A year later I registered phobia.com, and in 1996 put a site up via a local ISP advertising my web development services. Though gainful employment eventually replaced “phobia consulting”, I still used the site as a personal homepage until in 2003 I decided to call it a blog.
That same year, I started using iBlog to publish in a structured way, but being a server-side web architect, I was eager to try new tools. After flirting with blojsam, I settled on SnipSnap mostly because it was growing to support Groovy, and I was newly interested in Ruby which wasn’t very mature for web work yet. Some years later I grew bored and migrated to XWiki, then gave in to the Wordpress hegemony in 2006.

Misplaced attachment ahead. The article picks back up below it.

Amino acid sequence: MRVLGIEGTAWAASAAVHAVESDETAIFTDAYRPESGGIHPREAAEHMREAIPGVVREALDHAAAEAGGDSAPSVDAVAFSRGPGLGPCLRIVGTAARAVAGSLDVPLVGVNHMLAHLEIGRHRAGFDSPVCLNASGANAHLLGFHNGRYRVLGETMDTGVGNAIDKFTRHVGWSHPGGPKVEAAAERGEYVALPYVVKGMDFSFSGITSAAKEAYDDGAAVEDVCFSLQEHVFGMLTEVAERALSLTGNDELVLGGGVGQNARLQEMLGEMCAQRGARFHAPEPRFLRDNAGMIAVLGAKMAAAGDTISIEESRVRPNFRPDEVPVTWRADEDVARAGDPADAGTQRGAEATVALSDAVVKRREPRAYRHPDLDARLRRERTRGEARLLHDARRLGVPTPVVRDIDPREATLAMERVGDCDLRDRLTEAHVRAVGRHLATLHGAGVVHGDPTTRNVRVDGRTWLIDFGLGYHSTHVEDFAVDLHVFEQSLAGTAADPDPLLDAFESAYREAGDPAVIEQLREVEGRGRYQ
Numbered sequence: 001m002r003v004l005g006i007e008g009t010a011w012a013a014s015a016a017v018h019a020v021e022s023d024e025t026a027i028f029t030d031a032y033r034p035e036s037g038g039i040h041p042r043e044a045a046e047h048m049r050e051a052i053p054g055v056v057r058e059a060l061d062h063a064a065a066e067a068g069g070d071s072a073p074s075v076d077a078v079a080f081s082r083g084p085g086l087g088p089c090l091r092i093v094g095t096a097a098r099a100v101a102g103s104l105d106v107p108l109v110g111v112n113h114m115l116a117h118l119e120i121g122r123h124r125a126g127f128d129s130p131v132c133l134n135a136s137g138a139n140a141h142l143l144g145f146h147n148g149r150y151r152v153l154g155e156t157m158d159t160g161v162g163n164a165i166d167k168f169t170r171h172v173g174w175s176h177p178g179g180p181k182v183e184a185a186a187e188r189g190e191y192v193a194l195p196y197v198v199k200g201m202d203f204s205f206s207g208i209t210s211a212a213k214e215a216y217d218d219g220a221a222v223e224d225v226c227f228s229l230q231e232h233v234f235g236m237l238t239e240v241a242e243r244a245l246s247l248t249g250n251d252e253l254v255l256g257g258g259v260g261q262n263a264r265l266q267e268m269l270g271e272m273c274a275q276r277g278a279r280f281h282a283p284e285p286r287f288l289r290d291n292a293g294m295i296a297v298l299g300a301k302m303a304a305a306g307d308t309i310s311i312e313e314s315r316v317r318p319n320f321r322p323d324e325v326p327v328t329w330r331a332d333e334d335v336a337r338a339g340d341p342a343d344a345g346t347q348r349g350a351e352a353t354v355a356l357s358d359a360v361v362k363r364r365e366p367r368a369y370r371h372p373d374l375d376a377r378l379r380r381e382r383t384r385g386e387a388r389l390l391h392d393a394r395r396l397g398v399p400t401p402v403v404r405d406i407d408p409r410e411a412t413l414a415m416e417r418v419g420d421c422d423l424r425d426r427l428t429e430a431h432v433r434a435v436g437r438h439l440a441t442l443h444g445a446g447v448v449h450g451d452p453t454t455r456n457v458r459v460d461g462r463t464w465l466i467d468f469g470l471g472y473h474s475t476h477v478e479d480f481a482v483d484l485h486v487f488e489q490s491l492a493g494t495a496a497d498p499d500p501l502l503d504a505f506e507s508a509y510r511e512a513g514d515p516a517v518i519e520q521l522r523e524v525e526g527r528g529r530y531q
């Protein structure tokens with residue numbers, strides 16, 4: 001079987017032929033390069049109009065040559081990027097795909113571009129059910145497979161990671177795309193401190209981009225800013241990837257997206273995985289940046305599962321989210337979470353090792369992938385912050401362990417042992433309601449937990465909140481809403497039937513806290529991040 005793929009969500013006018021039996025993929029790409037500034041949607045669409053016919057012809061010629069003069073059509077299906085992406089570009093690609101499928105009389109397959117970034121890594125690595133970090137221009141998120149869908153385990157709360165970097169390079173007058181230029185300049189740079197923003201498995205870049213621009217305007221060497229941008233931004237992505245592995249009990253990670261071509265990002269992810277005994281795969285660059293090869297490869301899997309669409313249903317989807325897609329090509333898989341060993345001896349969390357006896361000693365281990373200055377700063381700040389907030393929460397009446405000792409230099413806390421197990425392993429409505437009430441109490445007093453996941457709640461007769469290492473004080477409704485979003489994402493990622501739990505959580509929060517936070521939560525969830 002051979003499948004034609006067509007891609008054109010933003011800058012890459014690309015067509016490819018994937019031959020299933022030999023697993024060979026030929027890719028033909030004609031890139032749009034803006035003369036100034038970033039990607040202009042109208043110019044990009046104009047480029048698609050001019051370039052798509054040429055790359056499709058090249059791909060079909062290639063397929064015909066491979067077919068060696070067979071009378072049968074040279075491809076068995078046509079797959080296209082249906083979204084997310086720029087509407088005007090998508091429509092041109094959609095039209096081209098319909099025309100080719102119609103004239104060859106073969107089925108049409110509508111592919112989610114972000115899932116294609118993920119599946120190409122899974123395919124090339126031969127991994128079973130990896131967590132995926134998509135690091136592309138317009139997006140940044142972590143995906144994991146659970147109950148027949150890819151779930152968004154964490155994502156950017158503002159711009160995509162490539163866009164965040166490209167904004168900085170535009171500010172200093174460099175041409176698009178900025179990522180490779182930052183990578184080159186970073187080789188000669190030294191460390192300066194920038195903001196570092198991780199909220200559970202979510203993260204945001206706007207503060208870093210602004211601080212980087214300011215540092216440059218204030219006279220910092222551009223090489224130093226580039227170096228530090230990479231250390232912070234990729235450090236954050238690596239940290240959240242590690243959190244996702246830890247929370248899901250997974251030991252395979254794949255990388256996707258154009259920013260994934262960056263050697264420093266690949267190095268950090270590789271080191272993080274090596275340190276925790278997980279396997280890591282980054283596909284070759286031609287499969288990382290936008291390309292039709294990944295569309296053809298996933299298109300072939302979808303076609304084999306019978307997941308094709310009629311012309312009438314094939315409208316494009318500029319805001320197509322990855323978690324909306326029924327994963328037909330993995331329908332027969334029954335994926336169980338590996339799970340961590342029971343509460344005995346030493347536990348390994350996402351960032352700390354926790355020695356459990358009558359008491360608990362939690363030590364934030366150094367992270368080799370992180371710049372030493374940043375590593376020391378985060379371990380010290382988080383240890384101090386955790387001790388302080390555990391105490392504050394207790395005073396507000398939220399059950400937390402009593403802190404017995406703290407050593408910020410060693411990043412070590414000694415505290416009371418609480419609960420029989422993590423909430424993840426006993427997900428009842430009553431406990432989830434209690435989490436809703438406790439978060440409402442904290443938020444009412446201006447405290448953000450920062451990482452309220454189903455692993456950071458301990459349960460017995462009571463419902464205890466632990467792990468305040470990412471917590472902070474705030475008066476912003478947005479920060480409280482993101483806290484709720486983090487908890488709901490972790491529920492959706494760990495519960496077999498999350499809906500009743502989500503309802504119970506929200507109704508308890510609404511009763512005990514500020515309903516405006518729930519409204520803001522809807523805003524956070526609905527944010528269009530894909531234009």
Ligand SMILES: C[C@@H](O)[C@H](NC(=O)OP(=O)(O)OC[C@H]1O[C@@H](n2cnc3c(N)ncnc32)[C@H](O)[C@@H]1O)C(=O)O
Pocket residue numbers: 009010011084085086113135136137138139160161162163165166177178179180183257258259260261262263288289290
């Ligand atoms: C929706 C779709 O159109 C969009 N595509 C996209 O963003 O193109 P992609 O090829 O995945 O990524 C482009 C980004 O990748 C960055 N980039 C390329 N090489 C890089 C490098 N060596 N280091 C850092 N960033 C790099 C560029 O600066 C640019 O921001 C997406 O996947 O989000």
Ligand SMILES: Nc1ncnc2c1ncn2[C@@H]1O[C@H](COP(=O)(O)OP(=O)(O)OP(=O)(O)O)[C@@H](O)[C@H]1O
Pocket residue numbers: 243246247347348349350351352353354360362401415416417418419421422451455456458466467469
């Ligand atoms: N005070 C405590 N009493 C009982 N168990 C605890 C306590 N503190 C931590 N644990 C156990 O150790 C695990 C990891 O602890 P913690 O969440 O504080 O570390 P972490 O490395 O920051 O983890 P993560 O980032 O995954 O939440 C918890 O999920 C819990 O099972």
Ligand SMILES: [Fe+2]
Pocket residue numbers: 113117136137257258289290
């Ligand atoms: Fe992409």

Wordpress served me well enough, but when I was fireballed in 2010 it just couldn’t handle the load (on memory) and my site spent most of the day unable to respond. Caching and optimizing made me comfortable for a while, but that Ruby itch finally got too strong. So in 2012 I went back to static, first with nanoc and later to Middleman, which had a stronger community and I deployed for many projects at The Artificial.
In 2018, I built Sitewriter to take back control over my “tweets”, adding the /microblog section. Then in 2019, frustration with bit rot for Ruby projects and mothballing the agency’s projects motivated me to reset to the setup described at /site.